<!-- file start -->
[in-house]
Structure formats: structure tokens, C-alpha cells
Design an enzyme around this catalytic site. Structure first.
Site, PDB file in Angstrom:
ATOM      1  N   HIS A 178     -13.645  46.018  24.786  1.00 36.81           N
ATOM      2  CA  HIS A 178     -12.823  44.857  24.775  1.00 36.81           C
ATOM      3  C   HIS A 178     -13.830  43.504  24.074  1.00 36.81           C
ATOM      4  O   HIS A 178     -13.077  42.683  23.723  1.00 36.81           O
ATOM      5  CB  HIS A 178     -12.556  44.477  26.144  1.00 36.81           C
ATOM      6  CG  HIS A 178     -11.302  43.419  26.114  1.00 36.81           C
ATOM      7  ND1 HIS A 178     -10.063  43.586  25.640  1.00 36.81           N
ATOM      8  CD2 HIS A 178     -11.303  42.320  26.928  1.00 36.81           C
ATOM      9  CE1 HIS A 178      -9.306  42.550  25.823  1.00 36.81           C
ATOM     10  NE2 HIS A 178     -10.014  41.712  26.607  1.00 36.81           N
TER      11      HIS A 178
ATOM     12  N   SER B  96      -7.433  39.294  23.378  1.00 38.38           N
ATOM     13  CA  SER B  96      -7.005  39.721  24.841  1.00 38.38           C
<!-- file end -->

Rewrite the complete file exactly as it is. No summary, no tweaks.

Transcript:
[in-house]
Structure formats: structure tokens, C-alpha cells
Design an enzyme around this catalytic site. Structure first.
Site, PDB file in Angstrom:
ATOM      1  N   HIS A 178     -13.645  46.018  24.786  1.00 36.81           N
ATOM      2  CA  HIS A 178     -12.823  44.857  24.775  1.00 36.81           C
ATOM      3  C   HIS A 178     -13.830  43.504  24.074  1.00 36.81           C
ATOM      4  O   HIS A 178     -13.077  42.683  23.723  1.00 36.81           O
ATOM      5  CB  HIS A 178     -12.556  44.477  26.144  1.00 36.81           C
ATOM      6  CG  HIS A 178     -11.302  43.419  26.114  1.00 36.81           C
ATOM      7  ND1 HIS A 178     -10.063  43.586  25.640  1.00 36.81           N
ATOM      8  CD2 HIS A 178     -11.303  42.320  26.928  1.00 36.81           C
ATOM      9  CE1 HIS A 178      -9.306  42.550  25.823  1.00 36.81           C
ATOM     10  NE2 HIS A 178     -10.014  41.712  26.607  1.00 36.81           N
TER      11      HIS A 178
ATOM     12  N   SER B  96      -7.433  39.294  23.378  1.00 38.38           N
ATOM     13  CA  SER B  96      -7.005  39.721  24.841  1.00 38.38           C